The me-too television wars

IN Media Practice | 02/01/2006
If youøre experiencing a sense of deja vu, pity Mrs Sonia Gandhi. She had to answer almost identical questions from the two øømost respected TV journalist(s)øø…

 

            Reprinted from the Indian Express,  January 02, 2006 http://iecolumnists.expressindia.com/full_column.php?content_id=85104  

 

Tele scope

 

Shailaja Bajpai
 
  
Rajdeep Sardesai - CNN-IBN - Friday, December 30, 9.30 pm: A mystery in an enigma, Mrs Gandhi is a very private....
Barkha Dutt - NDTV 24X7 - Friday, December 30, 9.30 pm: You are a very private person, very shy... a reluctant politician...                                                                                                        
  Sardesai (same time, same channel): What do you consider the greatest achievement of the last year? 
Dutt (same time, same channel): What gives you the most satisfaction in the last year? 
Sardesai (engaging smile): What do you like to do in private life? 
Dutt (a smile of self-deprecation): What do you like to do in your free time? 
  Sardesai: Any message for the people/viewers?                                                                                                                       Dutt: Last words for the people/viewers? 

If you`re experiencing a sense of deja vu, pity Mrs Sonia Gandhi. She had to answer the same (almost identical) questions from the two ``most respected TV journalist(s)`` as CNN-IBN promotes Sardesai, within a few hours of each other (so it seemed). Sardesai and Dutt also asked her about the National Advisory Council, corruption (Volcker), coalition politics, etc. Both spoke with their hands like traffic constables; both looked enormously pleased to be seated opposite, NDTV`s "Indian of 2005" or Sardesai`s ``most powerful person in India``. 

There were two discernible differences: Mrs Gandhi wore green for the Sardesai interview and magenta for Dutt`s; Sardesai called her ``Ma`am``, Dutt nothing at all. 


  The Sonia interviews say everything about the two channels: the stalwart (NDTV) and the challenger (CNN-IBN). The verdict? As of now, it`s not so much a case of anything like "you can do, I can do better" but anything "you can do, I can do too". 

So the Gandhi interviews (excerpted extensively by both on Thursday), so too the murderous attack in Bangalore: if NDTV is speaking to the vox populi, CNN-IBN is chatting up local students. And when Sardesai, on the night of the attack, says, ``tell us what is the situation the ground,`` why, it seems like old times at NDTV (his old haunt).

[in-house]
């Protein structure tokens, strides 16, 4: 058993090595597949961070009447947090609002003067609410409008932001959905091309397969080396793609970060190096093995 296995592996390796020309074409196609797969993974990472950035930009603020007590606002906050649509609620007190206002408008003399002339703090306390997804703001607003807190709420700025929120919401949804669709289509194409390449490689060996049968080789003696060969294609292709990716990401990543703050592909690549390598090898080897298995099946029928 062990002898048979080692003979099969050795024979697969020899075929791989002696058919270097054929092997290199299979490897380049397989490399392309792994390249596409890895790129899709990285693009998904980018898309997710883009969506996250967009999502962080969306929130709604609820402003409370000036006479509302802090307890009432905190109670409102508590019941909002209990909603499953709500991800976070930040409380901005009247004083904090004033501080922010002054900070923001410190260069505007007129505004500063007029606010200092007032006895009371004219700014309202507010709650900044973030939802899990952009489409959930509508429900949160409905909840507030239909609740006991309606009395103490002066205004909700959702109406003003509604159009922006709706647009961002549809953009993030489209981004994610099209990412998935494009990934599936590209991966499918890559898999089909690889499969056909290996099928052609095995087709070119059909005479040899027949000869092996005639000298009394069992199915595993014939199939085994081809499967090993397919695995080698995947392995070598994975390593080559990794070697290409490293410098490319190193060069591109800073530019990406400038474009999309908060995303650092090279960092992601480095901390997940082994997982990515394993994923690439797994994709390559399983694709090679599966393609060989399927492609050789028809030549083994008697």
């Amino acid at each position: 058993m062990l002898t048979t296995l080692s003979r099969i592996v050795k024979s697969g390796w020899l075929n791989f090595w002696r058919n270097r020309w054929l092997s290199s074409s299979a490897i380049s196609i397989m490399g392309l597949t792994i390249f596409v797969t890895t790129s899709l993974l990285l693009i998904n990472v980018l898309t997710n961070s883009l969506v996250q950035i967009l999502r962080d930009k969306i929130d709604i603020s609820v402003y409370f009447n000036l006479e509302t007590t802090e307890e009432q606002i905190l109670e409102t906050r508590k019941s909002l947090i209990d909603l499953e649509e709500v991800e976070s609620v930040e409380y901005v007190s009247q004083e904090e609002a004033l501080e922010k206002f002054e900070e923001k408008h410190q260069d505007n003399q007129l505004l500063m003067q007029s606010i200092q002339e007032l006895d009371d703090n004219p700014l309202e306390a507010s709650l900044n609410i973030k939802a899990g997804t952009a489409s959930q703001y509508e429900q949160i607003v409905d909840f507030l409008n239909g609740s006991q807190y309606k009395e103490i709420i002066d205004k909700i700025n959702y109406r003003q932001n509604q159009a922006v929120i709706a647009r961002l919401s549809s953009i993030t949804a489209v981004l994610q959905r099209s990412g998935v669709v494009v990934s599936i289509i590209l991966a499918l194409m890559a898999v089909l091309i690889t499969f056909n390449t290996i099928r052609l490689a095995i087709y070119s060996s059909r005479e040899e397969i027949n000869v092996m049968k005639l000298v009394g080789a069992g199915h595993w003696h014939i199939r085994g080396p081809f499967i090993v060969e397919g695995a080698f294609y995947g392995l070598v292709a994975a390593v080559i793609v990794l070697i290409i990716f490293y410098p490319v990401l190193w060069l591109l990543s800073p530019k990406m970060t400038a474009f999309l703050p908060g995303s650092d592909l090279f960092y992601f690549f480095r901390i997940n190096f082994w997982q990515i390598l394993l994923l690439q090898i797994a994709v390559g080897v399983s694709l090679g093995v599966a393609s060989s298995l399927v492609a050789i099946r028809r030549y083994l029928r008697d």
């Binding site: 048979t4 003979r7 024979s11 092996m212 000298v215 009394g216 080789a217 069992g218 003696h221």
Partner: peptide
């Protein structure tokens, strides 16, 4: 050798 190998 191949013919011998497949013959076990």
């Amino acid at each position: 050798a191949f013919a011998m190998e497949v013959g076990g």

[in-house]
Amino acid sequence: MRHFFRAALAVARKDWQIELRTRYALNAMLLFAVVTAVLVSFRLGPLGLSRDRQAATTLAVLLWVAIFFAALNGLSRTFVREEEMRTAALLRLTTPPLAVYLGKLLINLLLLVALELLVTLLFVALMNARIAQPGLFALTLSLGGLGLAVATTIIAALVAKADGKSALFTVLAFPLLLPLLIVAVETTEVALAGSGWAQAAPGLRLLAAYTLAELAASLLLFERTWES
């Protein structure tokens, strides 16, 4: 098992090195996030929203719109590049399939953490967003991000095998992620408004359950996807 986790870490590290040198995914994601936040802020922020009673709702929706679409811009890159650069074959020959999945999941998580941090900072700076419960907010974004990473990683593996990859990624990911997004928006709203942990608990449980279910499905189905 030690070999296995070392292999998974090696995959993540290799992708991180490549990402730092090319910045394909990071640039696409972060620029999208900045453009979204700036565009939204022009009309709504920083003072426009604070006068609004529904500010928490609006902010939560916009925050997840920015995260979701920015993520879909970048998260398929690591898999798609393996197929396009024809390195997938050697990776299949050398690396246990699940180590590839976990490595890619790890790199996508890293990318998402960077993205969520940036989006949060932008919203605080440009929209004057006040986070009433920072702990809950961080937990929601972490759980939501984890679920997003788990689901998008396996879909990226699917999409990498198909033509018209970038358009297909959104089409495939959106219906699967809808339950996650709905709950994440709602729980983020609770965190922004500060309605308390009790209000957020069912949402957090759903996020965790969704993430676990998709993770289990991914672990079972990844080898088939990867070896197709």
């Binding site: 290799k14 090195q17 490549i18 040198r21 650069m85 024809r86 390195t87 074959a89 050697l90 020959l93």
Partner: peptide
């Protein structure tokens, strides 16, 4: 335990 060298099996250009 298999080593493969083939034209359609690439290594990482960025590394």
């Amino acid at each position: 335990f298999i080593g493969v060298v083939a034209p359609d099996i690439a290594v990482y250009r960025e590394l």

Thus, it is (not at all) strange that CNN-IBN has also chosen a reddish background or fielded Sardesai in his old 10 pm slot - now he Face(s) the Nation instead of explaining the X-Factor. 


  As the pretender to the throne, CNN-IBN has to make all the running - which may explain why many of its anchors and reporters speak as though they are out of breath. 


  In what way is it different from its `parent` (ouch)? Not in the claims of its promos. A new channel, especially in the news category, ought to be careful about its boasts, because there is every chance (particularly in the beginning) it will have to swallow them. CNN-IBN says it will present ``excellence in journalism`` and aspires to be ``a temple of journalism`` (why does it sound scary?) with a ``passion for the truth``. Yes, but don`t they all? Or is it trying to say something about the other news channels? 


  CNN-IBN tries to be more relaxed than the suit and tie regime of NDTV. Not just in attire but in the conversational style it has adopted. ``Chocolate is good for you - so sweet``. ``Hi Paras, what are you doing in Goa?`` Paras: Having fun (what else)?... and about to introduce myself to the most beautiful women in the water... or words to that effect. 


  The channel smiles a lot, jokes, is positive and positively interactive - there are questions of the day, questions of the hour, the minute. There are reporters in the field who always have on hand the average common man for The People`s Opinion - ``Prof Puri,`` said a former student, ``was a gentle, kind man, most helpful.`` And, often, the anchors think the studio is Noah`s Ark so they come in twos. 


  Also, there is a preference to stand and tell it like it is (as opposed to sit and deliver). Aaj Tak specialises in this but CNN-IBN might like to tell its lady anchors that they need to stand out, not merge with the backdrop - they favour orange, red kurtas. 


  None of this means the channel is not engaging or entertaining but ``a temple of journalism?`` No aarti, just yet.
 

 

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